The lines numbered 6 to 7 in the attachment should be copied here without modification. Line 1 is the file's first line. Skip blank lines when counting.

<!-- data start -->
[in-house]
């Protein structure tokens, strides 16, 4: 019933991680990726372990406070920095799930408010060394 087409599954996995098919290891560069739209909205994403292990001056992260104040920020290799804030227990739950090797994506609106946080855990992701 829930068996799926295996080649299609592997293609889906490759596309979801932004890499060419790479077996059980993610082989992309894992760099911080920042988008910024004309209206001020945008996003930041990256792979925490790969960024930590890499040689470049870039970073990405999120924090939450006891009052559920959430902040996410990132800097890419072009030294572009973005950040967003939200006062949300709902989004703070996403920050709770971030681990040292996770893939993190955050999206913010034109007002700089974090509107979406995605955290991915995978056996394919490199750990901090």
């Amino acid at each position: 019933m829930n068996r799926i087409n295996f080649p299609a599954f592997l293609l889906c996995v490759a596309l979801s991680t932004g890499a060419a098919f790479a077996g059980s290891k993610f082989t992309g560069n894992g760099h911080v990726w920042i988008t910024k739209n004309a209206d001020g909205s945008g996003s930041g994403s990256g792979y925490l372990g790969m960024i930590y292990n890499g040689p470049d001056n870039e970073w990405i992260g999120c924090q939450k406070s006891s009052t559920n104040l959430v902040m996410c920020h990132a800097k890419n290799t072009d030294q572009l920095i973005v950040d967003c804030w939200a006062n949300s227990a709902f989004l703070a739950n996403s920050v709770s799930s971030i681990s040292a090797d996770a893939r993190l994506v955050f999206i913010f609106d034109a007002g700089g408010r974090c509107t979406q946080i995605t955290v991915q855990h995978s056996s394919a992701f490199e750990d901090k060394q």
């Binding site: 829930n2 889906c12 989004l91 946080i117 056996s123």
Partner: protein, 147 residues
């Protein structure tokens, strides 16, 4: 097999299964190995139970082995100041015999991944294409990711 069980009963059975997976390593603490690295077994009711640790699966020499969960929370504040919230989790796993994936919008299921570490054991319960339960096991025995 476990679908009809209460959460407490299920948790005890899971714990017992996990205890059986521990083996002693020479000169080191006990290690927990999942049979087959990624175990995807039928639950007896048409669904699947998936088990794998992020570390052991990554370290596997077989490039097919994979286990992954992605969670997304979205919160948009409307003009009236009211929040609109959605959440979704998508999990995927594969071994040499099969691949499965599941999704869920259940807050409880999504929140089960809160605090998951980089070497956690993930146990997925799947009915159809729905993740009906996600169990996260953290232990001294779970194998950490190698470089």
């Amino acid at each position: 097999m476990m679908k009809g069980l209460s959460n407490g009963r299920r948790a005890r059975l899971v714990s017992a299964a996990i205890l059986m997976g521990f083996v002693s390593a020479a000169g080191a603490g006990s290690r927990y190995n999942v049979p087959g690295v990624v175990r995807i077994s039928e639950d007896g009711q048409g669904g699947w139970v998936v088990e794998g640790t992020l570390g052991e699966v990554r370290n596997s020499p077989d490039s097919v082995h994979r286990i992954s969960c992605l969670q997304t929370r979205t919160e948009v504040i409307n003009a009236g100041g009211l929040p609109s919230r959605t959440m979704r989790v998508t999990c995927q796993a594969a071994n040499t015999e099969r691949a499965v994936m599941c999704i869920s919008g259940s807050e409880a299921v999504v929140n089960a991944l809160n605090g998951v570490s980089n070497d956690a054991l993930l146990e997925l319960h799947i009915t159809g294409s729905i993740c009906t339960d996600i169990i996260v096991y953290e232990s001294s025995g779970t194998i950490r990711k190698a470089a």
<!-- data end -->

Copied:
């Protein structure tokens, strides 16, 4: 097999299964190995139970082995100041015999991944294409990711 069980009963059975997976390593603490690295077994009711640790699966020499969960929370504040919230989790796993994936919008299921570490054991319960339960096991025995 476990679908009809209460959460407490299920948790005890899971714990017992996990205890059986521990083996002693020479000169080191006990290690927990999942049979087959990624175990995807039928639950007896048409669904699947998936088990794998992020570390052991990554370290596997077989490039097919994979286990992954992605969670997304979205919160948009409307003009009236009211929040609109959605959440979704998508999990995927594969071994040499099969691949499965599941999704869920259940807050409880999504929140089960809160605090998951980089070497956690993930146990997925799947009915159809729905993740009906996600169990996260953290232990001294779970194998950490190698470089």
């Amino acid at each position: 097999m476990m679908k009809g069980l209460s959460n407490g009963r299920r948790a005890r059975l899971v714990s017992a299964a996990i205890l059986m997976g521990f083996v002693s390593a020479a000169g080191a603490g006990s290690r927990y190995n999942v049979p087959g690295v990624v175990r995807i077994s039928e639950d007896g009711q048409g669904g699947w139970v998936v088990e794998g640790t992020l570390g052991e699966v990554r370290n596997s020499p077989d490039s097919v082995h994979r286990i992954s969960c992605l969670q997304t929370r979205t919160e948009v504040i409307n003009a009236g100041g009211l929040p609109s919230r959605t959440m979704r989790v998508t999990c995927q796993a594969a071994n040499t015999e099969r691949a499965v994936m599941c999704i869920s919008g259940s807050e409880a299921v999504v929140n089960a991944l809160n605090g998951v570490s980089n070497d956690a054991l993930l146990e997925l319960h799947i009915t159809g294409s729905i993740c009906t339960d996600i169990i996260v096991y953290e232990s001294s025995g779970t194998i950490r990711k190698a470089a």